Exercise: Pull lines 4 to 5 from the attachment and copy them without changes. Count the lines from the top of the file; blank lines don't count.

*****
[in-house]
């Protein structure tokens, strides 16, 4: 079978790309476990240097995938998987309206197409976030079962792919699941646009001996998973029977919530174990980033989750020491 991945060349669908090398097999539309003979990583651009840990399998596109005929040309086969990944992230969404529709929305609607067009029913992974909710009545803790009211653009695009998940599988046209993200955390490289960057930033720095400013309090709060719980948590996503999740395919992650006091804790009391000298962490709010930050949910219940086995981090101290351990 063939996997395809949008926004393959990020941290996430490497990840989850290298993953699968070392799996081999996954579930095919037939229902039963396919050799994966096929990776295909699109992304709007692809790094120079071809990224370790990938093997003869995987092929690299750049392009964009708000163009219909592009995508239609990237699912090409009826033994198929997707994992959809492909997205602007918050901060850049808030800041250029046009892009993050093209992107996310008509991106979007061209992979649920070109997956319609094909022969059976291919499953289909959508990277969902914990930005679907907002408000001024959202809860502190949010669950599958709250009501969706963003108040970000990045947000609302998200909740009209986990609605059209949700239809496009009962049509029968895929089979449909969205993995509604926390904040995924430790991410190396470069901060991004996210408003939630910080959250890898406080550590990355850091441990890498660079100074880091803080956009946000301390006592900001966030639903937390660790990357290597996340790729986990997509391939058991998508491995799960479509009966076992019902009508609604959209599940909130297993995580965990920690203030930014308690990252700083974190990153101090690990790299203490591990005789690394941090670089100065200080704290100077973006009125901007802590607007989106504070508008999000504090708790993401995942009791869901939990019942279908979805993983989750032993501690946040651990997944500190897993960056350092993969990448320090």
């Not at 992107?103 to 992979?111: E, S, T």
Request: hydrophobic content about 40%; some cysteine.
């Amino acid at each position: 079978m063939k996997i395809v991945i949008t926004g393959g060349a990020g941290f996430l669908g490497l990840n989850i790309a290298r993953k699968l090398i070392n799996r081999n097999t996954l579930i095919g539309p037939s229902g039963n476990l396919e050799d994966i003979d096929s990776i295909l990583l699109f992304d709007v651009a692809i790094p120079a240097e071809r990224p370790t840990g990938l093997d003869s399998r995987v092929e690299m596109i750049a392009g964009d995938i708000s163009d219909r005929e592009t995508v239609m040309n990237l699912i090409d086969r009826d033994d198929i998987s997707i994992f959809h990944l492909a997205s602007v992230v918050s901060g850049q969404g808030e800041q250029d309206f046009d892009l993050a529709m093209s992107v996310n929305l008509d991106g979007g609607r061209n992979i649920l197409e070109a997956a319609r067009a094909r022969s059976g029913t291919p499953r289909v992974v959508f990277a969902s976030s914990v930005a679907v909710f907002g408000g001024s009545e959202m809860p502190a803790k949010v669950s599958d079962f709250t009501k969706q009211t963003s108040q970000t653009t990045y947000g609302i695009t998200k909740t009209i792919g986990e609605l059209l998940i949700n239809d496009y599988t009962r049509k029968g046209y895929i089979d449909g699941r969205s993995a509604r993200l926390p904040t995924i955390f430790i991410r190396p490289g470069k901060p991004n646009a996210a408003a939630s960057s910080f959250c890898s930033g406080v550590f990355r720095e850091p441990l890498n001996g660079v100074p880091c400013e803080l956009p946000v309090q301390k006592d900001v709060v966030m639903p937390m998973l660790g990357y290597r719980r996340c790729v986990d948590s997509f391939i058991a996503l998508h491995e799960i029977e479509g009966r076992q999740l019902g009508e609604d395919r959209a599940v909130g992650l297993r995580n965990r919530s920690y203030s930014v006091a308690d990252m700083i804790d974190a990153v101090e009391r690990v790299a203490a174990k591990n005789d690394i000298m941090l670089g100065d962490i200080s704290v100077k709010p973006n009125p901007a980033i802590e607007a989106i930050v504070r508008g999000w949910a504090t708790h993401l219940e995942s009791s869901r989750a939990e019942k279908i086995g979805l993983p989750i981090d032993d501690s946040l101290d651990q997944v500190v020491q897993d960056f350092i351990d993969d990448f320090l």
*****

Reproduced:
Request: hydrophobic content about 40%; some cysteine.
């Amino acid at each position: 079978m063939k996997i395809v991945i949008t926004g393959g060349a990020g941290f996430l669908g490497l990840n989850i790309a290298r993953k699968l090398i070392n799996r081999n097999t996954l579930i095919g539309p037939s229902g039963n476990l396919e050799d994966i003979d096929s990776i295909l990583l699109f992304d709007v651009a692809i790094p120079a240097e071809r990224p370790t840990g990938l093997d003869s399998r995987v092929e690299m596109i750049a392009g964009d995938i708000s163009d219909r005929e592009t995508v239609m040309n990237l699912i090409d086969r009826d033994d198929i998987s997707i994992f959809h990944l492909a997205s602007v992230v918050s901060g850049q969404g808030e800041q250029d309206f046009d892009l993050a529709m093209s992107v996310n929305l008509d991106g979007g609607r061209n992979i649920l197409e070109a997956a319609r067009a094909r022969s059976g029913t291919p499953r289909v992974v959508f990277a969902s976030s914990v930005a679907v909710f907002g408000g001024s009545e959202m809860p502190a803790k949010v669950s599958d079962f709250t009501k969706q009211t963003s108040q970000t653009t990045y947000g609302i695009t998200k909740t009209i792919g986990e609605l059209l998940i949700n239809d496009y599988t009962r049509k029968g046209y895929i089979d449909g699941r969205s993995a509604r993200l926390p904040t995924i955390f430790i991410r190396p490289g470069k901060p991004n646009a996210a408003a939630s960057s910080f959250c890898s930033g406080v550590f990355r720095e850091p441990l890498n001996g660079v100074p880091c400013e803080l956009p946000v309090q301390k006592d900001v709060v966030m639903p937390m998973l660790g990357y290597r719980r996340c790729v986990d948590s997509f391939i058991a996503l998508h491995e799960i029977e479509g009966r076992q999740l019902g009508e609604d395919r959209a599940v909130g992650l297993r995580n965990r919530s920690y203030s930014v006091a308690d990252m700083i804790d974190a990153v101090e009391r690990v790299a203490a174990k591990n005789d690394i000298m941090l670089g100065d962490i200080s704290v100077k709010p973006n009125p901007a980033i802590e607007a989106i930050v504070r508008g999000w949910a504090t708790h993401l219940e995942s009791s869901r989750a939990e019942k279908i086995g979805l993983p989750i981090d032993d501690s946040l101290d651990q997944v500190v020491q897993d960056f350092i351990d993969d990448f320090l």